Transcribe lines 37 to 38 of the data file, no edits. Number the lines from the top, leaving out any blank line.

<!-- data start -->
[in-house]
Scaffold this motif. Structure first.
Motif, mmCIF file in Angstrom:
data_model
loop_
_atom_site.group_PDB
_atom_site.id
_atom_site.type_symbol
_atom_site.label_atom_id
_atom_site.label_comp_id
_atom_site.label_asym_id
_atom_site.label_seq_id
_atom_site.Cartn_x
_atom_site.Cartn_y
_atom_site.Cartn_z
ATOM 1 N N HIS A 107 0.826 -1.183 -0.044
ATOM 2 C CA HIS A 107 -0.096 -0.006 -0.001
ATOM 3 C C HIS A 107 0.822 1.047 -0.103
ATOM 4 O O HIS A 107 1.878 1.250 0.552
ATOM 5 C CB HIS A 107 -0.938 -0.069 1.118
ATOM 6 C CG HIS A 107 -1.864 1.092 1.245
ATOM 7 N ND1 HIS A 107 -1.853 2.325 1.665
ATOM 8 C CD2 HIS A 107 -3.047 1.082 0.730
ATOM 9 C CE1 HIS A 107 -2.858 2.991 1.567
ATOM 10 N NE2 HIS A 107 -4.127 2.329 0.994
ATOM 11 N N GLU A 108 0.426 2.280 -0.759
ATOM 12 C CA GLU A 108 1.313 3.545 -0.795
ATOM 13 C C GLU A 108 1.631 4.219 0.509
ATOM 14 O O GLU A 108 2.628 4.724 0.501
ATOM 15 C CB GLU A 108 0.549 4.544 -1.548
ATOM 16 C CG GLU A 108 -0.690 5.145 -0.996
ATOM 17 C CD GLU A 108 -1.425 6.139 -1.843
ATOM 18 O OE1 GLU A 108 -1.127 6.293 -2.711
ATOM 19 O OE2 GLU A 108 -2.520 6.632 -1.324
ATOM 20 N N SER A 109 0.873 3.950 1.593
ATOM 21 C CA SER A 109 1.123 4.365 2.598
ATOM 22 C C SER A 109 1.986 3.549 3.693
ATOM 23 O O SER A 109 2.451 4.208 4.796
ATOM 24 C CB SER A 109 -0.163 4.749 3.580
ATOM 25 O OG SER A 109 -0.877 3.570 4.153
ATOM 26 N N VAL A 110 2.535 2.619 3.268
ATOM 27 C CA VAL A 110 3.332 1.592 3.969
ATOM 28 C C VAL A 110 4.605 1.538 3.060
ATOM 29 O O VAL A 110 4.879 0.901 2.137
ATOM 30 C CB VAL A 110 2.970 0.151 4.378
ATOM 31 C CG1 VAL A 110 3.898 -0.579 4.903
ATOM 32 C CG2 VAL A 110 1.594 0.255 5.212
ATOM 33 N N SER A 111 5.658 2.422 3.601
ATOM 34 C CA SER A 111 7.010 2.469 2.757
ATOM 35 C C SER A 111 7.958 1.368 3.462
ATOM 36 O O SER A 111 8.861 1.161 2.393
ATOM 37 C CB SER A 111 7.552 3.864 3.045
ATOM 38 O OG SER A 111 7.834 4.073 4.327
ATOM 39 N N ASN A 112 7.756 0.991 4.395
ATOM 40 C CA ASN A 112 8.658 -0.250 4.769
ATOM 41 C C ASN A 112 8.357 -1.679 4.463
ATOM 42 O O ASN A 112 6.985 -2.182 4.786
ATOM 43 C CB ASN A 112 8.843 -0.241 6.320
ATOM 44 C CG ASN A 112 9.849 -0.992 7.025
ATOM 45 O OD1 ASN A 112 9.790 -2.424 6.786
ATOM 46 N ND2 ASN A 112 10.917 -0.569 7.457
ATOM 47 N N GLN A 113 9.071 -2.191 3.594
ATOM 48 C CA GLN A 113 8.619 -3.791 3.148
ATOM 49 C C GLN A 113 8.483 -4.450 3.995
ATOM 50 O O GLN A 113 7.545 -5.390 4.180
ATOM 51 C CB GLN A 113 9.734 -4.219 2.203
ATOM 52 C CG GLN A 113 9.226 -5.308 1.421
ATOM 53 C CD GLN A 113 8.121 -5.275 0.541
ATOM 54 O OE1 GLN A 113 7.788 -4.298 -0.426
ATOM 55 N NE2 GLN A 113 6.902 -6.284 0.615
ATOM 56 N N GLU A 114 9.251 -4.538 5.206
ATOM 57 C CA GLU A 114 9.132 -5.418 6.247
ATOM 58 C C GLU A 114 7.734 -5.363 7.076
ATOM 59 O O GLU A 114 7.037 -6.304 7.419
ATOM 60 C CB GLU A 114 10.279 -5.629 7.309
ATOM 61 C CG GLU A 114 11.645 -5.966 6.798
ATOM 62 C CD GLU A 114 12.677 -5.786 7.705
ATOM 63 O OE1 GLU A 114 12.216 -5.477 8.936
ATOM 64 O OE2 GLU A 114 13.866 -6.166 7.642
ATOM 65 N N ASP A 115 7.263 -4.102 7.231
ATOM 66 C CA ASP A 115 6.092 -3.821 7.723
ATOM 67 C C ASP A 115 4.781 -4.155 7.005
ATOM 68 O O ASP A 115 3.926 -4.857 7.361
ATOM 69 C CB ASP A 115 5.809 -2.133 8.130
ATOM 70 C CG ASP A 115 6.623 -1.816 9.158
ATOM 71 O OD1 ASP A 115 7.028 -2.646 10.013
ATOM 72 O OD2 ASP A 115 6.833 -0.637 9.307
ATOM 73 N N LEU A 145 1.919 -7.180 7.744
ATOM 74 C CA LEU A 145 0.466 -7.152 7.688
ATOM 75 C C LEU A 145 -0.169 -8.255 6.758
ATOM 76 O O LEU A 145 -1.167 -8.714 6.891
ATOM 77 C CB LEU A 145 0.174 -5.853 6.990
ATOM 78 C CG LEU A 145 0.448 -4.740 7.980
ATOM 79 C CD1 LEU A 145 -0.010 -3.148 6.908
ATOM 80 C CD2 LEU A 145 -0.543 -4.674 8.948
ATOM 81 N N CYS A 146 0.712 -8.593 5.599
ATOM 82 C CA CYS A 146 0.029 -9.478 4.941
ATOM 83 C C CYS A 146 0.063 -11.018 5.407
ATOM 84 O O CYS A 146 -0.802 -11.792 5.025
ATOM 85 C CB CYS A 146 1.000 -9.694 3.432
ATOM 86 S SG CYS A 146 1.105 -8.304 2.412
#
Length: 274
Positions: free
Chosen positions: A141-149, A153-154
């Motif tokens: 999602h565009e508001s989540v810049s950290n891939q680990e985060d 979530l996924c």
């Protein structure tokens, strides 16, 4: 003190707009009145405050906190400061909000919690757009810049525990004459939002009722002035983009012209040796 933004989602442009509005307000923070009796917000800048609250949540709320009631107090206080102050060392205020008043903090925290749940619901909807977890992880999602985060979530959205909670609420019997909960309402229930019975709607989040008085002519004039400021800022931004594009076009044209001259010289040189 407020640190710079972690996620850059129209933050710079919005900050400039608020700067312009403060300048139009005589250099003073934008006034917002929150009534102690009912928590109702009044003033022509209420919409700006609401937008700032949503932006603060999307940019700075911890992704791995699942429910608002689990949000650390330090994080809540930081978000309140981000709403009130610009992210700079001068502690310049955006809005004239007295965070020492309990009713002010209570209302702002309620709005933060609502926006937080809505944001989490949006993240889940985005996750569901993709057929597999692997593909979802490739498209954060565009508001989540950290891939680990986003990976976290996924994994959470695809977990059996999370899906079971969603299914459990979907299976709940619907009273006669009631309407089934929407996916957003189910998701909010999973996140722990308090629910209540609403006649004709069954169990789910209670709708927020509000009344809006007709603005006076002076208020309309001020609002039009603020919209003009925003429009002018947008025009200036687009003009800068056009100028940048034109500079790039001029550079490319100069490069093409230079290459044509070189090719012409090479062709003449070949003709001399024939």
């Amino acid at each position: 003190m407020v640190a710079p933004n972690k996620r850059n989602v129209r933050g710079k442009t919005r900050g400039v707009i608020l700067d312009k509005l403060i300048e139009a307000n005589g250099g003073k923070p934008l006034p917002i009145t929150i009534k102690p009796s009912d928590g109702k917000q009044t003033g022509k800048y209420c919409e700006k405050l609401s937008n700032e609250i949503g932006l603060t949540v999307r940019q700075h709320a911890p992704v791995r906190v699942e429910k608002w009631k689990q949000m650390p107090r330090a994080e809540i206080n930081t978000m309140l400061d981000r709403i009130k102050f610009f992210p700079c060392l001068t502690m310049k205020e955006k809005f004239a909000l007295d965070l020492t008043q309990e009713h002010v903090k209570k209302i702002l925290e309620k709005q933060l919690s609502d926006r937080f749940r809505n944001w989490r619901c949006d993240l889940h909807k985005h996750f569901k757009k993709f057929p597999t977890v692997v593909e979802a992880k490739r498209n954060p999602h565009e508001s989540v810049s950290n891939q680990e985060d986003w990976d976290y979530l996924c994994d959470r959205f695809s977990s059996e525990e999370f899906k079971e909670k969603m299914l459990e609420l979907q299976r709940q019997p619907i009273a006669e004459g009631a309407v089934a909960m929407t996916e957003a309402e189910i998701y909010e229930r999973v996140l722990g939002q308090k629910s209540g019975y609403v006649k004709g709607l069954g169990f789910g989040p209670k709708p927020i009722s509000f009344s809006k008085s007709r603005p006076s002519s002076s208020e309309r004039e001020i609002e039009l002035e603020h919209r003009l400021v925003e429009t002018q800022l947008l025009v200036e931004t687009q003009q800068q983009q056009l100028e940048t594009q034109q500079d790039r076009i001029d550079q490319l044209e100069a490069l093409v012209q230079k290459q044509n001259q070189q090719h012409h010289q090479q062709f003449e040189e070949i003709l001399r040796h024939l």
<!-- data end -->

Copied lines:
ATOM 22 C C SER A 109 1.986 3.549 3.693
ATOM 23 O O SER A 109 2.451 4.208 4.796